Mayor & Co. of Bradford V. Pickles (1895)

In this the corporation of Bradford filed a suit against the defendant alleging that the corporation has suffered financial losses because of the act of plaintiff. The plaintiff had dug a well in the adjoining land of which the defendant is owner. The act of digging well on his land had cut the water supply for the well on the corporation's land. This resulted in monetary losses for the plaintiff since there was no adequate supply of water to discharge for the people living under the jurisdiction of the corporation.
It was held that the defendant is not liable since they had not violated any legal right of the plaintiff.

Glucoster Grammer School (1410)

In this case a school master, has established a rival school to that of the plaintiff. Because of the increased competition in his field of business the plaintiff had to reduce their fees from 40 pence to 12 pence per quarter. Thus, plaintiff sued defendant schoolmaster for damages and claimed for compensation from the defendants for the losses suffered because of the reduced fees.
It was held that the plaintiff has no legal remedy in this case because all though the plaintiff had suffered financial losses because of the reduced fees due to the act of the defendant. The act of the defendant can be seen as a moral wrong but it has not violated legal right of the plaintiff. So, the plaintiff cannot claim any remedy for the damages.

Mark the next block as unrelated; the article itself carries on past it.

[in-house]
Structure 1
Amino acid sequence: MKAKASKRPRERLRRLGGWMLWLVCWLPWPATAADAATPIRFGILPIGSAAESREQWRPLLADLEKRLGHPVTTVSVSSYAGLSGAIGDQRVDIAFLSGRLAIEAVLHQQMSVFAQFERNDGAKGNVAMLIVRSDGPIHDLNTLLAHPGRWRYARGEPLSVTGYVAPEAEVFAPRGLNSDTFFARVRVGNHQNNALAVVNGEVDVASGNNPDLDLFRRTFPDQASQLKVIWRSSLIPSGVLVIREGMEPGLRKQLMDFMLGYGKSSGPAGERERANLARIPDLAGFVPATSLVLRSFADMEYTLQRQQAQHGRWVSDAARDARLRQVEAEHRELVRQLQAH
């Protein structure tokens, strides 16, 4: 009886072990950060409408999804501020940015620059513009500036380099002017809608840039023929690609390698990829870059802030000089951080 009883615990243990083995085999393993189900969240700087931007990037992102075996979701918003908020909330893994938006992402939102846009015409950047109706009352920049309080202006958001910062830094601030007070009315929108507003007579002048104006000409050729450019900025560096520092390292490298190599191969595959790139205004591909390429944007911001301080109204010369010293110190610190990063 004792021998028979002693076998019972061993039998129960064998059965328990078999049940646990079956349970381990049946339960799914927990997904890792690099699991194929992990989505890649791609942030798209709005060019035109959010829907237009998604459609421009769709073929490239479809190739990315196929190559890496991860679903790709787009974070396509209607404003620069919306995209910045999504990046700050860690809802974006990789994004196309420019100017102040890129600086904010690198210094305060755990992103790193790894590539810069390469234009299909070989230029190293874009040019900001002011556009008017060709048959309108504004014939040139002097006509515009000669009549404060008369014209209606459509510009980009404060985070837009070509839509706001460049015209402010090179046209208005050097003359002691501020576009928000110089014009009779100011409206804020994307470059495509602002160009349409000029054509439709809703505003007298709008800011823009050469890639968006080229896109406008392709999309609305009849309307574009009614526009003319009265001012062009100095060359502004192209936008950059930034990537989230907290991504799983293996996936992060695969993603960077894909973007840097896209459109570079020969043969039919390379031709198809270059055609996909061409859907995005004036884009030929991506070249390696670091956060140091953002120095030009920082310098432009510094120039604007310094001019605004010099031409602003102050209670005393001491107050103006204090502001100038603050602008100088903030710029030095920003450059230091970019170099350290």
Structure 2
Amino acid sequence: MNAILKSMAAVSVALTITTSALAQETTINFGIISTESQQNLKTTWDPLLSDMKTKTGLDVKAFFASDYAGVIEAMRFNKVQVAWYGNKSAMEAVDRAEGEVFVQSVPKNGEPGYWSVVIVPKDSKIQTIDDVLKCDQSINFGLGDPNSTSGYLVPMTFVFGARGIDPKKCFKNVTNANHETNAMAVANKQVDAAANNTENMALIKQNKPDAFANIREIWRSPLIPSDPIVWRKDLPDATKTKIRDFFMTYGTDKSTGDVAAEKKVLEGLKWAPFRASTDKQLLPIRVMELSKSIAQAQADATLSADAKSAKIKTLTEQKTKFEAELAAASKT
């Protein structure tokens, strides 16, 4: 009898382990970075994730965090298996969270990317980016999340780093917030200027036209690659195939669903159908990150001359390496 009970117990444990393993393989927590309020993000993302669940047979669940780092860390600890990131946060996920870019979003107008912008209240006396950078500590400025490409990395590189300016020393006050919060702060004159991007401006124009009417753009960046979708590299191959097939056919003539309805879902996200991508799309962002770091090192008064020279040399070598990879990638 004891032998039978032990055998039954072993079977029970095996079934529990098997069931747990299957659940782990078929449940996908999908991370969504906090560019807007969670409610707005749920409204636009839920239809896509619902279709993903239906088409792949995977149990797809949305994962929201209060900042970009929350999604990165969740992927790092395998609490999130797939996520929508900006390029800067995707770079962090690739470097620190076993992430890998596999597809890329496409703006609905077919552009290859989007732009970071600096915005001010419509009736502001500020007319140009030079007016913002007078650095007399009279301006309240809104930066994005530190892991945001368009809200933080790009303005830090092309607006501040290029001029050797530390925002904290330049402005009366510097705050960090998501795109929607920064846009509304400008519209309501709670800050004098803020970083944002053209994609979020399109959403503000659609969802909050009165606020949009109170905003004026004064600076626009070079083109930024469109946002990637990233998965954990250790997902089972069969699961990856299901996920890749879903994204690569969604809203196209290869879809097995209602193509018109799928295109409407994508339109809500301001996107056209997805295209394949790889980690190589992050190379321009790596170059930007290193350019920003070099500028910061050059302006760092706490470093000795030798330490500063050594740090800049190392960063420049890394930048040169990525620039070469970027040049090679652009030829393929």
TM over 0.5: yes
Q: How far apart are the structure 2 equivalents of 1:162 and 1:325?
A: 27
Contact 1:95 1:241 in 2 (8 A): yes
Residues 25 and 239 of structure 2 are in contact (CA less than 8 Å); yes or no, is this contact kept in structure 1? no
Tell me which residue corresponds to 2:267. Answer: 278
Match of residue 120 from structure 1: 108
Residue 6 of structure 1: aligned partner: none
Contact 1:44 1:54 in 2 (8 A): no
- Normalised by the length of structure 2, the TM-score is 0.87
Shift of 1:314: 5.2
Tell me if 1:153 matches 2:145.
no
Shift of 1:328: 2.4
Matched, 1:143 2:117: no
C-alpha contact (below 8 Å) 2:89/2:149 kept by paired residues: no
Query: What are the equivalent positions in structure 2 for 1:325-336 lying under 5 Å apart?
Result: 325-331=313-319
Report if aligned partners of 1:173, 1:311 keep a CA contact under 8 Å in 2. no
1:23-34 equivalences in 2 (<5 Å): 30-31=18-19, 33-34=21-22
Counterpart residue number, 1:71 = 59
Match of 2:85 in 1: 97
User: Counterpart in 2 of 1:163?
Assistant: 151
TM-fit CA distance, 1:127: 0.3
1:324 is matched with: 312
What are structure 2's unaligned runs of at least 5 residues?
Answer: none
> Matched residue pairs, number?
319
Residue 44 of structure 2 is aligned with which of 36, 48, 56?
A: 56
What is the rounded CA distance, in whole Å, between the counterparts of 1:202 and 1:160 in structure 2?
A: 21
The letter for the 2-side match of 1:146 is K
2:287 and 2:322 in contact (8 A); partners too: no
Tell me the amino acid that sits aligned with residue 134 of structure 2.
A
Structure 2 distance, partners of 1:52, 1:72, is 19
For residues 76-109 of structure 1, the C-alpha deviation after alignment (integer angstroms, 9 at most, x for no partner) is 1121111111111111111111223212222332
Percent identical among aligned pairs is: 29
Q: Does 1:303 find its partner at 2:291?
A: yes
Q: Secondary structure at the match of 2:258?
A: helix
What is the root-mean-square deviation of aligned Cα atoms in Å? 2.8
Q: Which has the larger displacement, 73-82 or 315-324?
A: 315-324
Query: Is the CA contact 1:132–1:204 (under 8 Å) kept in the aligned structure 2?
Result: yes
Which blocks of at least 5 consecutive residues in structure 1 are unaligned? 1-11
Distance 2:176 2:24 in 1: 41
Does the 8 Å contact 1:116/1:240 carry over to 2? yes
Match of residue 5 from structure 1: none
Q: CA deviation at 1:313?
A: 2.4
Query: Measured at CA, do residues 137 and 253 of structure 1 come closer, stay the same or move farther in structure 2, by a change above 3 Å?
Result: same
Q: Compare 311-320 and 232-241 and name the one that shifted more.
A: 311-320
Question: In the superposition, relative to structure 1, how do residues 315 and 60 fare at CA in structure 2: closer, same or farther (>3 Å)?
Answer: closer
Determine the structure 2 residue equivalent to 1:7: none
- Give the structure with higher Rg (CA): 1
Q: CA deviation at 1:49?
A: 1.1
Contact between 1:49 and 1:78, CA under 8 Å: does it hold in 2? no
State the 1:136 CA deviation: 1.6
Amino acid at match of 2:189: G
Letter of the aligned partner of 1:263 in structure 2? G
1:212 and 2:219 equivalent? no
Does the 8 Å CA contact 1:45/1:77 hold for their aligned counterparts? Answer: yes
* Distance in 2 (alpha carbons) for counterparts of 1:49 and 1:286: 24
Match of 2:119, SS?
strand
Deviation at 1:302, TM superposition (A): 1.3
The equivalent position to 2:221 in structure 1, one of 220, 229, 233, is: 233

Mogul Steamship Co Ltd V. McGregor, Gow & Co (1889)

The plaintiffs were independent shipowners who sent their ships to the cargo port to obtain cargo. An association (the defendants), also in the business of owning cargo ships, sent more ships down to the port and reduced their freights so low that the plaintiffs were unable to make a profit. They further threatened to dismiss any agents who loaded the plaintiff‟s ships. The plaintiff brought action alleging a conspiracy to injury and requested damages.
The House of Lords held that the plaintiff had no cause of action as the defendants had by lawful means acted to protect and extend their trade and increase their profits.